Those who turn out to think for themselves and find no honour in trade wars or glory in slaughter; who see only butchery of men and starvation of children, whose interests are not served in the "game of kings"; those who endeavour to voice and pen to rouse the working class to a sense of their responsibility; those who tell the truth as they know it because it is the truth and not because it pays; they should be suppressed, should be torn to pieces by the well-dressed hooligan mob mad with jingo fever — if the writers of the jingo Press had their way. Ah, yes! such is the freedom of the Press.

As instance "The Globe." "The Globe" is a patriotic paper and is owned by patriotic Britishers. It tells us (Aug. 28th) that it "has nothing to say against Socialists as such," a rather frank admission based, no doubt, upon the sad experience of one of its owners, Mr. Samuel Samuels, who proved that he knew nothing about Socialism in a recent debate with a member of this Party. We are further informed that "some of these detestable creatures, who have degraded and disgraced the Socialist leaders, are still haranguing small mobs in Hyde Park in language which, in times of peace, we are accustomed to pass over with contempt." That explains why Samuel "debated" with us. They could hardly have treated us with more contumely had they sent the office boy.

Then these inky patriots tells us that they "have heard of speakers who tell their audiences that they owe no allegiance to either King or Country, that they as soon be governed by the Kaiser as by King George, and that the struggle in which we are now engaged does not concern the working classes in the least." In response to this horrible doctrine we would expect the editor or the office boy at "The Globe" to tell us what the workers have to gain by war and why they should fight each other, but they don't—which goes to further prove that "they have not a word to say against the Socialist." And having no argument they resort to the gutter in a vain attempt to silence us. The dirty suggestion is that "it might perhaps be undesirable in the general in the general interests of public order that the business should be left to the crowd." It might perhaps. There is the direct incitement to rush the platform and do by numbers what they cannot do by argument. The advice has been taken and one local doctor who, judging by his intelligence, is a reader of "The Globe," attempted  to rush our platform at Hyde Park and who, when faced with a man half his size with his coat off, scuttled away like a rat.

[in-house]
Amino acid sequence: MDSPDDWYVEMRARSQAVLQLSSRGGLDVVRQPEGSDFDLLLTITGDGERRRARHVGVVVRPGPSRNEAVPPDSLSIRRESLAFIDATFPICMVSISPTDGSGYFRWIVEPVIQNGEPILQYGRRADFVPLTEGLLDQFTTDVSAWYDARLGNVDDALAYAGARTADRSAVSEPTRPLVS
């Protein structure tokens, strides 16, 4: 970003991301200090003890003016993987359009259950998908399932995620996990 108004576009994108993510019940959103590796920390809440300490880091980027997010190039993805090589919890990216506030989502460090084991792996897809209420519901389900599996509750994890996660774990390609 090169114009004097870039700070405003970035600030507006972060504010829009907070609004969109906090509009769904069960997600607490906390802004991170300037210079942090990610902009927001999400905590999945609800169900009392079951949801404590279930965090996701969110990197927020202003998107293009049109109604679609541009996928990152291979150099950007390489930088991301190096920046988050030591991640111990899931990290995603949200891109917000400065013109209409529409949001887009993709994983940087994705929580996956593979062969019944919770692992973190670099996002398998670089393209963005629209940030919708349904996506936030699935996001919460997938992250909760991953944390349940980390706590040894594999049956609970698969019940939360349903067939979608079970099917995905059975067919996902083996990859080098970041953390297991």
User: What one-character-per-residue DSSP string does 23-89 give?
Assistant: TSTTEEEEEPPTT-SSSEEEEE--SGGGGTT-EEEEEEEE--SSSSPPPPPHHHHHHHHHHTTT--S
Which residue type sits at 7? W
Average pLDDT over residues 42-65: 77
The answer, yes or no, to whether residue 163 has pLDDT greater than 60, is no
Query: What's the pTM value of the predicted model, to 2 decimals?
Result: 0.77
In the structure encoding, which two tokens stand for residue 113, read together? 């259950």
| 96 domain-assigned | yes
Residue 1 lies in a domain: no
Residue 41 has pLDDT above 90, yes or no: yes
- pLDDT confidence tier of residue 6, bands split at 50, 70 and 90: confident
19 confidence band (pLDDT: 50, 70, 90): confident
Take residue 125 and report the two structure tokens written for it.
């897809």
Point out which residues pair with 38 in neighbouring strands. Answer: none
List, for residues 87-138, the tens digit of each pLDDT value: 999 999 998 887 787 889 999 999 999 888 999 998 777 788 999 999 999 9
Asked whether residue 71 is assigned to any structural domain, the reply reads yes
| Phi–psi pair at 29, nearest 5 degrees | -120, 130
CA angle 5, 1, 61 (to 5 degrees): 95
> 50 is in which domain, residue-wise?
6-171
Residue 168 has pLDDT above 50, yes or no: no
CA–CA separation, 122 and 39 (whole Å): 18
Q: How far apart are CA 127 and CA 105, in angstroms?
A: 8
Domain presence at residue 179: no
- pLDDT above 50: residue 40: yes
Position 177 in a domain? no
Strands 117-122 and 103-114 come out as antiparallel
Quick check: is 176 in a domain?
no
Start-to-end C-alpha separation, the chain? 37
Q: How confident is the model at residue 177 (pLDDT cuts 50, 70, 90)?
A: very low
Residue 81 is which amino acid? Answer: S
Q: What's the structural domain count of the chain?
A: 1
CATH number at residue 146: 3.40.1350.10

These brave patriots are ready to sling ink by the quart, and to advise others to do the fighting: they will urge an excited crowd to pummel one with whom they disagree, but suggest that they fight, and they run like rabbits.

Where we are holding large and successful meetings the local Press and platform are being used for the same purpose: to incite a crowd to silence us by any dirty method. There is, however, but one way to silence us. They may rush our meetings with the aid of hired hooligans, but our work among the workers will still go on. They may suppress our paper, but we shall still preach Socialism. When they show our facts to be fiction and our conclusions to be false, then and then only will our voice by still.

In the meantime they may deafen the workers with the ringing of bells and blind them with the wagging of flags, but time is with us, and sooner or later the still small voice of Truth will be heard amid the babel of tongues, and the inkslingers and their like, who stir up the ignorant to assist them in their dirty work, will meet their just deserts.

2 comments:

imposs1904 said...

I retained the original spelling of 'just deserts' from the editorial. It was just deserts before it became just desserts.

ajohnstone said...

A powerful condemnation of the war, indeed.